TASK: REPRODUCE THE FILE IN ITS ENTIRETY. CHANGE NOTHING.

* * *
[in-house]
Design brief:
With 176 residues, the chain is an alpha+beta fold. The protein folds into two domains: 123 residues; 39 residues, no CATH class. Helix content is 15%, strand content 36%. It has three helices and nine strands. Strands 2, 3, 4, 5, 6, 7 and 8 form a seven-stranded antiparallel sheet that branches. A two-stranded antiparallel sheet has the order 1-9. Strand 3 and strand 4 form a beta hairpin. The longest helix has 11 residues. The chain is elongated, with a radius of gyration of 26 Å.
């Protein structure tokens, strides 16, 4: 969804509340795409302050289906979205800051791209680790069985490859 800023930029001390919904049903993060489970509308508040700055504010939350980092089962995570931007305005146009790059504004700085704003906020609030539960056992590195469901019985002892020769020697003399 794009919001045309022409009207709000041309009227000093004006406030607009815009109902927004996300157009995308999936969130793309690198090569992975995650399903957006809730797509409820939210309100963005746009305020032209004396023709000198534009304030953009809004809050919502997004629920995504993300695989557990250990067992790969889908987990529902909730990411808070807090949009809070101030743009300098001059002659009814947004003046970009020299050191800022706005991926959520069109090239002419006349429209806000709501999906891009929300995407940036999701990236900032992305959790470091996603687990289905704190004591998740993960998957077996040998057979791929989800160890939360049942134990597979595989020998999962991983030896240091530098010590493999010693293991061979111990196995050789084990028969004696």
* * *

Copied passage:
[in-house]
Design brief:
With 176 residues, the chain is an alpha+beta fold. The protein folds into two domains: 123 residues; 39 residues, no CATH class. Helix content is 15%, strand content 36%. It has three helices and nine strands. Strands 2, 3, 4, 5, 6, 7 and 8 form a seven-stranded antiparallel sheet that branches. A two-stranded antiparallel sheet has the order 1-9. Strand 3 and strand 4 form a beta hairpin. The longest helix has 11 residues. The chain is elongated, with a radius of gyration of 26 Å.
């Protein structure tokens, strides 16, 4: 969804509340795409302050289906979205800051791209680790069985490859 800023930029001390919904049903993060489970509308508040700055504010939350980092089962995570931007305005146009790059504004700085704003906020609030539960056992590195469901019985002892020769020697003399 794009919001045309022409009207709000041309009227000093004006406030607009815009109902927004996300157009995308999936969130793309690198090569992975995650399903957006809730797509409820939210309100963005746009305020032209004396023709000198534009304030953009809004809050919502997004629920995504993300695989557990250990067992790969889908987990529902909730990411808070807090949009809070101030743009300098001059002659009814947004003046970009020299050191800022706005991926959520069109090239002419006349429209806000709501999906891009929300995407940036999701990236900032992305959790470091996603687990289905704190004591998740993960998957077996040998057979791929989800160890939360049942134990597979595989020998999962991983030896240091530098010590493999010693293991061979111990196995050789084990028969004696």